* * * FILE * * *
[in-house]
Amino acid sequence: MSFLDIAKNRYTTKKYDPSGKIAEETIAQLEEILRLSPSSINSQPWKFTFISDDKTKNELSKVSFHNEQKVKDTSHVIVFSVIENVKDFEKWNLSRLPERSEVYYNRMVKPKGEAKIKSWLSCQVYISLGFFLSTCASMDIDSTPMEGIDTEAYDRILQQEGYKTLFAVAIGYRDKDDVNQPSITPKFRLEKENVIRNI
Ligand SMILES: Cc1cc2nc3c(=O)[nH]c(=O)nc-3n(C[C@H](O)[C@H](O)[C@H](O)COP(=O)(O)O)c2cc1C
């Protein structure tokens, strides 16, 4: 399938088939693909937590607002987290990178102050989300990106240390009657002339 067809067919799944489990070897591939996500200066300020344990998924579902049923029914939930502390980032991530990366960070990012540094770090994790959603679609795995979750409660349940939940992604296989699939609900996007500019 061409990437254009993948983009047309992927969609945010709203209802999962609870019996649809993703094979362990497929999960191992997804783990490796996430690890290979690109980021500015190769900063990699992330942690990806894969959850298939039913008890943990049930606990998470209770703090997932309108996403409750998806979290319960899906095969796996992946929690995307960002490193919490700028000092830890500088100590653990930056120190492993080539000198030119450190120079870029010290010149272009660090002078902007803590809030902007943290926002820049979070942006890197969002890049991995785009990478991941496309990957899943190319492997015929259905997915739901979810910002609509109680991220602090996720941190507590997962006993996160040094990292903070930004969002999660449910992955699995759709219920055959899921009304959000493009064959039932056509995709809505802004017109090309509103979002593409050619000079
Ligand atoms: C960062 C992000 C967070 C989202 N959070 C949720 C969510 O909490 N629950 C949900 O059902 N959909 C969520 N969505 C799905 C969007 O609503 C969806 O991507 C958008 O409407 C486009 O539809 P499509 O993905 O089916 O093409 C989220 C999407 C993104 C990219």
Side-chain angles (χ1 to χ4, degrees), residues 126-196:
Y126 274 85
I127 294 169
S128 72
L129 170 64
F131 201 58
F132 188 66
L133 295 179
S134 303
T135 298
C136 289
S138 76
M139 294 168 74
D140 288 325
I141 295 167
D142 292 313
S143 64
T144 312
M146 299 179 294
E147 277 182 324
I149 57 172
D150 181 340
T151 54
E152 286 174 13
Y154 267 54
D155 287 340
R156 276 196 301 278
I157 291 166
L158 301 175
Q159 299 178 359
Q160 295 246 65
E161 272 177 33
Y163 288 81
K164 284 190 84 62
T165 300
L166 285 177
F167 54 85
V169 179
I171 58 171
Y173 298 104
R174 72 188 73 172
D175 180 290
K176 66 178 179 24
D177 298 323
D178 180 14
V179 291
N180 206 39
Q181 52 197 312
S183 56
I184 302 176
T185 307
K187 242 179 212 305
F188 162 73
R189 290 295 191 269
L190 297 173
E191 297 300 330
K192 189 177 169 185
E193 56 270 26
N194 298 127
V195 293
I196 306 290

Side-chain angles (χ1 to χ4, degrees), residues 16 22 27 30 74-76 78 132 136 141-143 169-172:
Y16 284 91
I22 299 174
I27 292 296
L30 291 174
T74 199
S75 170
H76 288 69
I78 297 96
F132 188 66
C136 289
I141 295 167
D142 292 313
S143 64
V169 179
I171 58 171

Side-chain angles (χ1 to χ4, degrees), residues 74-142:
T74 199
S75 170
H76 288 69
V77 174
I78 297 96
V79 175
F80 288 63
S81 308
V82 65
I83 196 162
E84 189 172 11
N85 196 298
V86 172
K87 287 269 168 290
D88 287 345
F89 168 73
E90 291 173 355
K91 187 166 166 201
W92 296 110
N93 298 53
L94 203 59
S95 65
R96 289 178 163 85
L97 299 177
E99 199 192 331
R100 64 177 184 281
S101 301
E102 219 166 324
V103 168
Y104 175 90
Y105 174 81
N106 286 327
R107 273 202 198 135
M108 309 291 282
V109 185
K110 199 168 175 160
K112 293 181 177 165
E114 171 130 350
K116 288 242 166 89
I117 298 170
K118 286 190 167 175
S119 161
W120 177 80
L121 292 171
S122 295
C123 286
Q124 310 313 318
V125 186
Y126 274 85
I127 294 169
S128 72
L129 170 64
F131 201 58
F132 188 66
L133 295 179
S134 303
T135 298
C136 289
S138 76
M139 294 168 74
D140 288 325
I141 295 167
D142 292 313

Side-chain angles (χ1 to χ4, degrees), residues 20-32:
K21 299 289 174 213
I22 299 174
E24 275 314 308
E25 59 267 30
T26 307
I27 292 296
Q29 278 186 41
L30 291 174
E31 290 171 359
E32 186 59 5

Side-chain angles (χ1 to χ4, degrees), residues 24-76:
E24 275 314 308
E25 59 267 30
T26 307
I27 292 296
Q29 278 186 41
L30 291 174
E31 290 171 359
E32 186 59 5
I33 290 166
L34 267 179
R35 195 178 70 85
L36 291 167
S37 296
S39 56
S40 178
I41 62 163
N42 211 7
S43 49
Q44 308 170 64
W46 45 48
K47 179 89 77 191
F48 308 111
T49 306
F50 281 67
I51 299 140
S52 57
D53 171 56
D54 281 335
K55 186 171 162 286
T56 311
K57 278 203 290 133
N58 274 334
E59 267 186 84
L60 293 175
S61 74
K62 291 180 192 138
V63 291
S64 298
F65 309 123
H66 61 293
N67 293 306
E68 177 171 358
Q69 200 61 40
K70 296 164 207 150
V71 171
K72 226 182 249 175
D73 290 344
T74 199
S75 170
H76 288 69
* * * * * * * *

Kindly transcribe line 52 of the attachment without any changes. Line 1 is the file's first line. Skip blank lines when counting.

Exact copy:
N180 206 39